Gas prices slip slightly as COVID cases rise

·2 min read

Jul. 27—After months of spikes, area gas prices dropped slightly last week amidst a surge in COVID-19 cases and uncertainty surrounding oil production in the Middle East.

According to GasBuddy, gas prices in Kansas have fallen nearly two cents per gallon in the past week, averaging $2.90 per gallon as of Monday afternoon, according to the group's daily survey of 1,329 stations across the state. Despite the slight drop, gas prices in Kansas continue to maintain recent gains, standing about 4.4 cents per gallon higher than a month ago and 95 cents per gallon higher than a year ago at the height of initial waves of the pandemic.

"With oil prices struggling under the weight of a rise in new COVID cases thanks to the Delta variant and OPEC's increase in oil production, average gas prices in most states finally drifted lower," said Patrick De Haan, head of petroleum analysis for GasBuddy.

Locally, Great Bend gas stations' prices showed little variation, ranging from $2.92 to $2.94 per gallon as of Monday afternoon. This was consistent with surrounding areas in the Golden Belt region, with prices ranging from $2.92 in Pawnee and Stafford counties, to $2.95 in Ellinwood, $2.98 in Hoisington, and $3 to $3.03 in portions of Rush County. The area's highest prices were in Hays, at nearly $3.04 per gallon.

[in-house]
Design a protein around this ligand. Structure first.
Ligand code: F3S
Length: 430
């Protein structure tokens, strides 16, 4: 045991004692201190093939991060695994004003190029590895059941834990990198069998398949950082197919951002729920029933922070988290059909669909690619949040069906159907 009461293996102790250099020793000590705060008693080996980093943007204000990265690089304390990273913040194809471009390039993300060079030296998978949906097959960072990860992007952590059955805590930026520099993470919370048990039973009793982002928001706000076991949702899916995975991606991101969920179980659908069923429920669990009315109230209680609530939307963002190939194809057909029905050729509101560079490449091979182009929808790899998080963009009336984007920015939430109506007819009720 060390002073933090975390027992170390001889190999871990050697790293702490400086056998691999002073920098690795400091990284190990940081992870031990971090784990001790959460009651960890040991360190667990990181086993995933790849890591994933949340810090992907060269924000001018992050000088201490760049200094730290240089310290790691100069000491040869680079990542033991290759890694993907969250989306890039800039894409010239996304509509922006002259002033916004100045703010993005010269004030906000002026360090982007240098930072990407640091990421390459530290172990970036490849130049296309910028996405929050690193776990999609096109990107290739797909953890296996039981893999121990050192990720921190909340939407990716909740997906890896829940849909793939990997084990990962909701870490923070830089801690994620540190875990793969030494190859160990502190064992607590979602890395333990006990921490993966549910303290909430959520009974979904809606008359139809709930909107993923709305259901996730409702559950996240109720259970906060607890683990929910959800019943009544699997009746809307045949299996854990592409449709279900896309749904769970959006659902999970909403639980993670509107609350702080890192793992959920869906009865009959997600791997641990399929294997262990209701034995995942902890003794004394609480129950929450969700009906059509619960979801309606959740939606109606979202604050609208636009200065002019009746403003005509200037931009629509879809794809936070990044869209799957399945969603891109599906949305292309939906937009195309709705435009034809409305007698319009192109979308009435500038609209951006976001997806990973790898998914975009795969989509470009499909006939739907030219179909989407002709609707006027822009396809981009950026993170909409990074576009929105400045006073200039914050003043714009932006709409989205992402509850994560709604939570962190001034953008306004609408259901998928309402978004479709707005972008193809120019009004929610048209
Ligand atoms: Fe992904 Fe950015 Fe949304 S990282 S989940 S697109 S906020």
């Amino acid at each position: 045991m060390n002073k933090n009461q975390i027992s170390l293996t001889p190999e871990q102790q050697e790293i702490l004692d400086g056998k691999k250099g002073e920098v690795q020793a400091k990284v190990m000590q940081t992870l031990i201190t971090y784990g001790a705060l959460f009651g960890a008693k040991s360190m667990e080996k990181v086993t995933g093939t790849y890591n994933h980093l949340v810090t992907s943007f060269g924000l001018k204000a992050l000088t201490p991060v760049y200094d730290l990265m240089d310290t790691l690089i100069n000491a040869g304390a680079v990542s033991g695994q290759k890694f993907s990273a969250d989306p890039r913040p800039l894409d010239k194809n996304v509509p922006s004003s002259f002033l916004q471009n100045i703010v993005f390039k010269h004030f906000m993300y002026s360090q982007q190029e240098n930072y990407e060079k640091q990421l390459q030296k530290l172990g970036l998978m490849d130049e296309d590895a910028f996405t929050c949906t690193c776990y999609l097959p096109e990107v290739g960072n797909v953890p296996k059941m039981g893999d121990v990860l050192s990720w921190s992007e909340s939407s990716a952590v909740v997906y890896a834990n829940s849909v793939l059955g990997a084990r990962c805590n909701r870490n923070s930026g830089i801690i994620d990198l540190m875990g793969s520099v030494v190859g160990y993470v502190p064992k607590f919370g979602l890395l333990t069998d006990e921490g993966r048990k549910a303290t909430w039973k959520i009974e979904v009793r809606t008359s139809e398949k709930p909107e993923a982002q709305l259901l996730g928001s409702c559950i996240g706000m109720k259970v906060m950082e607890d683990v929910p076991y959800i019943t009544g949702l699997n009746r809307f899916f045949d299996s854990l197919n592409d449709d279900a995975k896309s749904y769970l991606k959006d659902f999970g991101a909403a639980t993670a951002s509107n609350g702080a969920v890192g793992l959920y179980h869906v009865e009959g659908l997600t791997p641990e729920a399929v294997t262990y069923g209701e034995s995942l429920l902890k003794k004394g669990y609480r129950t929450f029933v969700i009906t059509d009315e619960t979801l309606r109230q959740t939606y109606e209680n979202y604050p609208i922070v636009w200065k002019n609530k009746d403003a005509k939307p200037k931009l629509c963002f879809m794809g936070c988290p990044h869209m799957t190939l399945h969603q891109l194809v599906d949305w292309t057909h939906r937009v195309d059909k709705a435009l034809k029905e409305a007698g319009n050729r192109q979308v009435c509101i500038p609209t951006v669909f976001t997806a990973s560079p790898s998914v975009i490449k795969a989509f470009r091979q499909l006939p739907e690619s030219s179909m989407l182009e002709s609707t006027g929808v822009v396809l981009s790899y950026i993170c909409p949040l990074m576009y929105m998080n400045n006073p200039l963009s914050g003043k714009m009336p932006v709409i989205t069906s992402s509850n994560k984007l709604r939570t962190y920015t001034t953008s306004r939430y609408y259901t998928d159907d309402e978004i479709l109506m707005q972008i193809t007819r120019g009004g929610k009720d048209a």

According to GasBuddy price reports, the cheapest station in Kansas was $2.33 per gallon Monday, while the most expensive was $3.44 per gallon, a difference of $1.11. The Wichita area averaged $2.95 per gallon, down 1.7 cents per gallon from last week's $2.96, while the Topeka area averaged $2.94 per gallon, down 2.1 cents per gallon from last week's $2.96.

The Golden Belt and the state remain well below the national average of $3.14 per gallon, according to reports. The national average has dropped about three cents per gallon in the last week. Much like in Kansas, the national average is up 4.7 cents per gallon from a month ago and stands 97.2 cents per gallon higher than a year ago.

DeHaan, however, said the slight relief in gas prices may be short lived as Americans continue to travel at a high rate.

"We aren't yet in the clear — U.S. gasoline demand last week surged to a new 2021 high, besting the week prior to the July 4 holiday," DeHaan said. "This shows that motorists aren't slowing their appetite for hitting the road just yet, and that could further boost prices should demand remain hot. For now, motorists should enjoy the perhaps brief respite at the pump and buckle up for what might be a bumpy finish to summer."

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